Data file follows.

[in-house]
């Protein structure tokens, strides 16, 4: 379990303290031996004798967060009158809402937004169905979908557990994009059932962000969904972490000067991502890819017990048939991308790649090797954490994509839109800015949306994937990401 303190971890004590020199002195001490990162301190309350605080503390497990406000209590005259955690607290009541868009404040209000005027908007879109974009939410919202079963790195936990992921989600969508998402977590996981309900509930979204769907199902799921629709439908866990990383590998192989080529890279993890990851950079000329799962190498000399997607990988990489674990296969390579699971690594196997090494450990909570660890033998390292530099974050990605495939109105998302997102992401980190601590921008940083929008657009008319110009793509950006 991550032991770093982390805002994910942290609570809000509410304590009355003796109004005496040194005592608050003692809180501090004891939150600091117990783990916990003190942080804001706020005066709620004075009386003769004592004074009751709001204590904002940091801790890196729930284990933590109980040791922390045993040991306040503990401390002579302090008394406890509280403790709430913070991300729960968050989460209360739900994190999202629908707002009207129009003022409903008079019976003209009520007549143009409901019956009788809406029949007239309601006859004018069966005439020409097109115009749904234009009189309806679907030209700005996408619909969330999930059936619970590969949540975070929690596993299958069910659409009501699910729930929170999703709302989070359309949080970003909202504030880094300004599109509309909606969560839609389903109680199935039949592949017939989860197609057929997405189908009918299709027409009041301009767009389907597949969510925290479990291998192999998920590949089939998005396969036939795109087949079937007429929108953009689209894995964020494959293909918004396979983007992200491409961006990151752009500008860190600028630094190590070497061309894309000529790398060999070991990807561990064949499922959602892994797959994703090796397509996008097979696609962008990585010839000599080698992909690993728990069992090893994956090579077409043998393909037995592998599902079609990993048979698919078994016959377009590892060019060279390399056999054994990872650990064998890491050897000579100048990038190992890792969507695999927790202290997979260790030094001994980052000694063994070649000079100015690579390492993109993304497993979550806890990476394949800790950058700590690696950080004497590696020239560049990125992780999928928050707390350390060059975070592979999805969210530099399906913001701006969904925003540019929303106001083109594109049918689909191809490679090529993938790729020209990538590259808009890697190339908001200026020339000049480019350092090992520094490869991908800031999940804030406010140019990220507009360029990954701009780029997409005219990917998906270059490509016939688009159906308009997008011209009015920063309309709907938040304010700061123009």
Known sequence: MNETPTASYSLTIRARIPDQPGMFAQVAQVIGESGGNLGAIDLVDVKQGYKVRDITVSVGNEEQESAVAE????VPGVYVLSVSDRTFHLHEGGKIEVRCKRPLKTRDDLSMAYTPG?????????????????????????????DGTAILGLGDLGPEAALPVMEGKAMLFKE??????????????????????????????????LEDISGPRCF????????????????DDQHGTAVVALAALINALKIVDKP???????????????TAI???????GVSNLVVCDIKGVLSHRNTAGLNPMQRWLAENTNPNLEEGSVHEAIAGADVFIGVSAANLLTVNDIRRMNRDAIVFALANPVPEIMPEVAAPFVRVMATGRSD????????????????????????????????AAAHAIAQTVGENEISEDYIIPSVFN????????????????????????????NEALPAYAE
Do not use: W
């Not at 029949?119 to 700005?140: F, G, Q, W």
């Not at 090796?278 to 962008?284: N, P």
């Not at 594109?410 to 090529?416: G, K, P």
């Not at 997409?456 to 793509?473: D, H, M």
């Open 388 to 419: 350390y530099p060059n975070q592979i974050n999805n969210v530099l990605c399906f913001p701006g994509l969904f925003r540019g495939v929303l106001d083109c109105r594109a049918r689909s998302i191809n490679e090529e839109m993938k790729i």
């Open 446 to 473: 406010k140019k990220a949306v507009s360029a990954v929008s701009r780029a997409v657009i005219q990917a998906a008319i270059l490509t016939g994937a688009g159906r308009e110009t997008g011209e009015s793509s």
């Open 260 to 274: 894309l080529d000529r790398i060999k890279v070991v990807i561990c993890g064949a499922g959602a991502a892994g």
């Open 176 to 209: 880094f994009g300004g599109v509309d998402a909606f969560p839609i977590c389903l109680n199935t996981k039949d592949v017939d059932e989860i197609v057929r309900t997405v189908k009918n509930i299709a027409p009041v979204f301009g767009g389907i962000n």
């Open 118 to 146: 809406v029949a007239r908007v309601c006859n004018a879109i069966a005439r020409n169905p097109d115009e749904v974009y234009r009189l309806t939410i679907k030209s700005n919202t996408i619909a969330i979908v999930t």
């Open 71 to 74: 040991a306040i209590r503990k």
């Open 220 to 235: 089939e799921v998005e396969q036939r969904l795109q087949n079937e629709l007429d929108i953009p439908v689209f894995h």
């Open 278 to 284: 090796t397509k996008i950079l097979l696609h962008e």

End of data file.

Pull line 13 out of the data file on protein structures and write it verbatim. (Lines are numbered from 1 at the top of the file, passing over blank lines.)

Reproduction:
């Open 118 to 146: 809406v029949a007239r908007v309601c006859n004018a879109i069966a005439r020409n169905p097109d115009e749904v974009y234009r009189l309806t939410i679907k030209s700005n919202t996408i619909a969330i979908v999930t």